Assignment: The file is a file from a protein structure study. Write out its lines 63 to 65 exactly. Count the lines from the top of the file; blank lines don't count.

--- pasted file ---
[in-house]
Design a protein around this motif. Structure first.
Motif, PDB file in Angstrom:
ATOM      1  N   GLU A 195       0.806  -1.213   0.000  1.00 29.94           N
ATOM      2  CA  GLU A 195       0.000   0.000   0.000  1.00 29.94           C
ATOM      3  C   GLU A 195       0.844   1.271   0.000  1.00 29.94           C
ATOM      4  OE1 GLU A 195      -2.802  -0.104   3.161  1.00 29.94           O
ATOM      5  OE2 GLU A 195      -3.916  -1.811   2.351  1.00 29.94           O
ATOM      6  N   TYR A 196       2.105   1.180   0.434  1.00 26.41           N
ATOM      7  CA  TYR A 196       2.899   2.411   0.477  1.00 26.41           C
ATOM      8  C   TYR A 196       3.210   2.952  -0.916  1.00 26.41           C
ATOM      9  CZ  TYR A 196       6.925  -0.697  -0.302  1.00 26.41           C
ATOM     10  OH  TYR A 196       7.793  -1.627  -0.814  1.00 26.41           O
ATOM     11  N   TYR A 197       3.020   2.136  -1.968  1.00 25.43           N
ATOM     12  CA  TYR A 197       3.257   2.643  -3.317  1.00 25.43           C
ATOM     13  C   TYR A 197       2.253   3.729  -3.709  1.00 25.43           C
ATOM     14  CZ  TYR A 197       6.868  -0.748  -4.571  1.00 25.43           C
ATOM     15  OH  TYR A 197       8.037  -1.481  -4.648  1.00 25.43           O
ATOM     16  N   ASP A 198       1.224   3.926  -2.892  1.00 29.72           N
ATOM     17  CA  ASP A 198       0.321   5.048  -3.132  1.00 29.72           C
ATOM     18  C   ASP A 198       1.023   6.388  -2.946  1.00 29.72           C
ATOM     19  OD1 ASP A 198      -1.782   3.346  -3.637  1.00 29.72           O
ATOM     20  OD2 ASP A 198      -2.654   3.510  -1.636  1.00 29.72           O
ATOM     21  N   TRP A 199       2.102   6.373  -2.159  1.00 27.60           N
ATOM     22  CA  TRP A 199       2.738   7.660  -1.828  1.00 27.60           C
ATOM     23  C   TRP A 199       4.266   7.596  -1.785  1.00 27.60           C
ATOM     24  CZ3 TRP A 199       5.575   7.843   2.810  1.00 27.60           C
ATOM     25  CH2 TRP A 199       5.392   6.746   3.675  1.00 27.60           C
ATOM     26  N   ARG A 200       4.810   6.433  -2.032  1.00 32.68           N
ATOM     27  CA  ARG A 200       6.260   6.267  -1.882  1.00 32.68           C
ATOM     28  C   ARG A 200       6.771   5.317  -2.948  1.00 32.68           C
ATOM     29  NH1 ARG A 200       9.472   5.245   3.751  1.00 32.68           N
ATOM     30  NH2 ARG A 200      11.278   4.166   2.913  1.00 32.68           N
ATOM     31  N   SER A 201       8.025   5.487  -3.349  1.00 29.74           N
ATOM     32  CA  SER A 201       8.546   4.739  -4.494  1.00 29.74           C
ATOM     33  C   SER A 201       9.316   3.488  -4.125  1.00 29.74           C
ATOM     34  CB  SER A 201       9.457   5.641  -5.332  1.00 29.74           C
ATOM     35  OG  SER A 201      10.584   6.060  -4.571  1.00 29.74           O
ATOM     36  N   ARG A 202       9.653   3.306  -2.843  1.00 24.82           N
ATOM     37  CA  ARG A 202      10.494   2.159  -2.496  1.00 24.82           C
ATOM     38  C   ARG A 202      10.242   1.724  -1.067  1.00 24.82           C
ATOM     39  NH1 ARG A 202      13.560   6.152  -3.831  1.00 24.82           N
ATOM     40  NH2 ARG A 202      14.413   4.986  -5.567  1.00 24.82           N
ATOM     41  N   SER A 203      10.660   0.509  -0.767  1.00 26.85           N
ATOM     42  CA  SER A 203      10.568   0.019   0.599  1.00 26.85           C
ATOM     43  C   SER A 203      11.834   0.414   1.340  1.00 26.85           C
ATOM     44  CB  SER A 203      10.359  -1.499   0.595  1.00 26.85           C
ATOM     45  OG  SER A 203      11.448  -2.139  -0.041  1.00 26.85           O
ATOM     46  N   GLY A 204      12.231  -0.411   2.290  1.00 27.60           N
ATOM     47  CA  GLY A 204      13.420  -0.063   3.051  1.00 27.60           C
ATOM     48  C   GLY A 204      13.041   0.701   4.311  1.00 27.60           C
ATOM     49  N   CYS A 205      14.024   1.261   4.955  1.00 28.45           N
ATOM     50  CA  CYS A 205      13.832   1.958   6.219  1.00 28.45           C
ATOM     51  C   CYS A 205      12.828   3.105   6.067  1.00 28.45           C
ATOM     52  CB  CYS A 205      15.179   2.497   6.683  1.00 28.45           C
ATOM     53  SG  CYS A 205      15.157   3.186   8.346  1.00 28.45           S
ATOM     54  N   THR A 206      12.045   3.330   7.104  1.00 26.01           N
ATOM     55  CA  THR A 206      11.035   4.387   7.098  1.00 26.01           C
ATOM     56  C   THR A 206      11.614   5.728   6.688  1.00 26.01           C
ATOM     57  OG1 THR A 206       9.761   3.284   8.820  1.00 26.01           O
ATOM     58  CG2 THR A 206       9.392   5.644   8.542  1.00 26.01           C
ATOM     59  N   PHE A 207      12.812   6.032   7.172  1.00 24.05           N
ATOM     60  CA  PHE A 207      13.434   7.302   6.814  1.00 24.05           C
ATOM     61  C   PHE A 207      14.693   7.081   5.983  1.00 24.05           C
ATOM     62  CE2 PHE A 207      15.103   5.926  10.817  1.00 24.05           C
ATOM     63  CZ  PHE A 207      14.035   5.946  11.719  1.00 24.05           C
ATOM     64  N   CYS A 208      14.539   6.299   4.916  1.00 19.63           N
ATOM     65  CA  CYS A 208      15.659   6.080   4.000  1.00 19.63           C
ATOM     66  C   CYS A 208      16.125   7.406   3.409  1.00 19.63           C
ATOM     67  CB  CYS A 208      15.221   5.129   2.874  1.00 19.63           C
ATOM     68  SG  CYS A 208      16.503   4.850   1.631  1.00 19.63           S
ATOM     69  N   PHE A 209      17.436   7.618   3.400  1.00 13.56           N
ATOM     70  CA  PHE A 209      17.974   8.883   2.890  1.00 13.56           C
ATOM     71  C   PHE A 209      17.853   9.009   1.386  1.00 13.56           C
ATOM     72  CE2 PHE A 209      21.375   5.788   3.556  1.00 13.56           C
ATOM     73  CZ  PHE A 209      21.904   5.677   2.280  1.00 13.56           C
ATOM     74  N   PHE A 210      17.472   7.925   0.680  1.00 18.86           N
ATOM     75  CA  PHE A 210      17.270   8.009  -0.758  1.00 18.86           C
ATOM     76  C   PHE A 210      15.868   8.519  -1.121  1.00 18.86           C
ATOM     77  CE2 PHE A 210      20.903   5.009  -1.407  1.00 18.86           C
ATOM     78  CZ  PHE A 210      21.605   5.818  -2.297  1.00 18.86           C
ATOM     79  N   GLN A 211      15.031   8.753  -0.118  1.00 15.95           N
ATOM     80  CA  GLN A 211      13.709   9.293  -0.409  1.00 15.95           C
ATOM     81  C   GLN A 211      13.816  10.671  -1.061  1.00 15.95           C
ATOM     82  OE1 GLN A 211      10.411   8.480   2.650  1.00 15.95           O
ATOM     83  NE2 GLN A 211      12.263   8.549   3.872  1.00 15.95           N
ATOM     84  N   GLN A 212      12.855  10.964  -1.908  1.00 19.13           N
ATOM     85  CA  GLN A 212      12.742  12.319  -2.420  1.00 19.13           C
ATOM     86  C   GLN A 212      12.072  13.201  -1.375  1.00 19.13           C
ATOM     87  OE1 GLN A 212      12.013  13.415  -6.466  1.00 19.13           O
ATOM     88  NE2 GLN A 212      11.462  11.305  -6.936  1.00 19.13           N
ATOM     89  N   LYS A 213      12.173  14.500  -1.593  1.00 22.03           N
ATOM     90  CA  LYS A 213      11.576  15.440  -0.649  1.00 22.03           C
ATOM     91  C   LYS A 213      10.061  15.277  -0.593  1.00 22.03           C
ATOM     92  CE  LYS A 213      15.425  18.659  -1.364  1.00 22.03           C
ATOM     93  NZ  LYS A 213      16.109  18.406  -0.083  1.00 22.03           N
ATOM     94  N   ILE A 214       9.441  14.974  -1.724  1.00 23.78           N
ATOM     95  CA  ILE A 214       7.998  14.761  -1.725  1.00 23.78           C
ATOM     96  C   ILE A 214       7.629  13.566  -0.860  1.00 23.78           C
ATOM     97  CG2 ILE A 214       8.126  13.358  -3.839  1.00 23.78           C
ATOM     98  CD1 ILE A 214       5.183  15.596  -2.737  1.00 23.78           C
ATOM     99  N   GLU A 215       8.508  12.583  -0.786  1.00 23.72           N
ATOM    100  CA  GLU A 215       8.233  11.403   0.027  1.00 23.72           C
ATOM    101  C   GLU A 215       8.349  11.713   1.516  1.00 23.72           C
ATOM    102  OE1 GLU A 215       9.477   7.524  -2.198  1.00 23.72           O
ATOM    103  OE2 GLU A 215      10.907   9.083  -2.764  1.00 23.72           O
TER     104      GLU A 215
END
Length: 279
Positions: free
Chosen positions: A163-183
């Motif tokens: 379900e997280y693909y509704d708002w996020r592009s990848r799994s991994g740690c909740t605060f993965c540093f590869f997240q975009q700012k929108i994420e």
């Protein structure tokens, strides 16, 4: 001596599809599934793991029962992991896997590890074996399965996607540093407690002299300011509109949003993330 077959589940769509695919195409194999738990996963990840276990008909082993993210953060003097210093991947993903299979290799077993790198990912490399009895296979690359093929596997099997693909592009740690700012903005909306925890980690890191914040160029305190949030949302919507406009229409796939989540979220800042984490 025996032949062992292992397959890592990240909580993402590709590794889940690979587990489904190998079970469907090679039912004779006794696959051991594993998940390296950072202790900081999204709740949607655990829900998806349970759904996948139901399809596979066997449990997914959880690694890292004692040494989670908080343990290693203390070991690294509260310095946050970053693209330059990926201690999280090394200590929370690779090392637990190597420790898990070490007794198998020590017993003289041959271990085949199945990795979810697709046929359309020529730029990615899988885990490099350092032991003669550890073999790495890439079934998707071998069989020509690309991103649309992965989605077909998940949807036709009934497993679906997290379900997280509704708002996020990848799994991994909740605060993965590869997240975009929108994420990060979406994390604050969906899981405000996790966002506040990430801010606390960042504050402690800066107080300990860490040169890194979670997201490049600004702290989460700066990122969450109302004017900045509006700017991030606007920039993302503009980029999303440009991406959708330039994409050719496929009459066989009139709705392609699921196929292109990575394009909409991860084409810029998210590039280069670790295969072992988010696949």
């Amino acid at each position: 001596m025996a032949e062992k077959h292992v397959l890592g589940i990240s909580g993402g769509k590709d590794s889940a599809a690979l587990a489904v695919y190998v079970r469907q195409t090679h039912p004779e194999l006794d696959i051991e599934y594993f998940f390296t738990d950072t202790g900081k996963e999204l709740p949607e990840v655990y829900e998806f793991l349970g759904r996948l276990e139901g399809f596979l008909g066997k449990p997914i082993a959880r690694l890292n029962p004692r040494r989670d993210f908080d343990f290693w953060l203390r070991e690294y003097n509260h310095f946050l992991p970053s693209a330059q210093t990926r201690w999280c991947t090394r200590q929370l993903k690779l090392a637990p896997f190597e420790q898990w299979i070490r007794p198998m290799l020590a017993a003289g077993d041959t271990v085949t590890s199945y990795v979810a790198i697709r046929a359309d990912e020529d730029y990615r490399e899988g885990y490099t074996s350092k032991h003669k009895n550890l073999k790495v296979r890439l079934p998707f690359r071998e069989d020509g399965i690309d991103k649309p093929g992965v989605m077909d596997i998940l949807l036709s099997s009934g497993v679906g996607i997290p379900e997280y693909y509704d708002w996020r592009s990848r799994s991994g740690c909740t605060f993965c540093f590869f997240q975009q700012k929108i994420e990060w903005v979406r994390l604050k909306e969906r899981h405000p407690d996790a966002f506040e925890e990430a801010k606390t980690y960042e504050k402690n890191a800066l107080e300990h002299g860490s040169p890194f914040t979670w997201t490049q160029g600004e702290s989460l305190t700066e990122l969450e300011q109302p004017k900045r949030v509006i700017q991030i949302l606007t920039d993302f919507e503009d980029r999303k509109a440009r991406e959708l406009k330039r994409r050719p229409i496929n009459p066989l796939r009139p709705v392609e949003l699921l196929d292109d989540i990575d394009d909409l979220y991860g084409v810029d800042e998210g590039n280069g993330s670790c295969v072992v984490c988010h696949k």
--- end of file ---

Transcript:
ATOM     60  CA  PHE A 207      13.434   7.302   6.814  1.00 24.05           C
ATOM     61  C   PHE A 207      14.693   7.081   5.983  1.00 24.05           C
ATOM     62  CE2 PHE A 207      15.103   5.926  10.817  1.00 24.05           C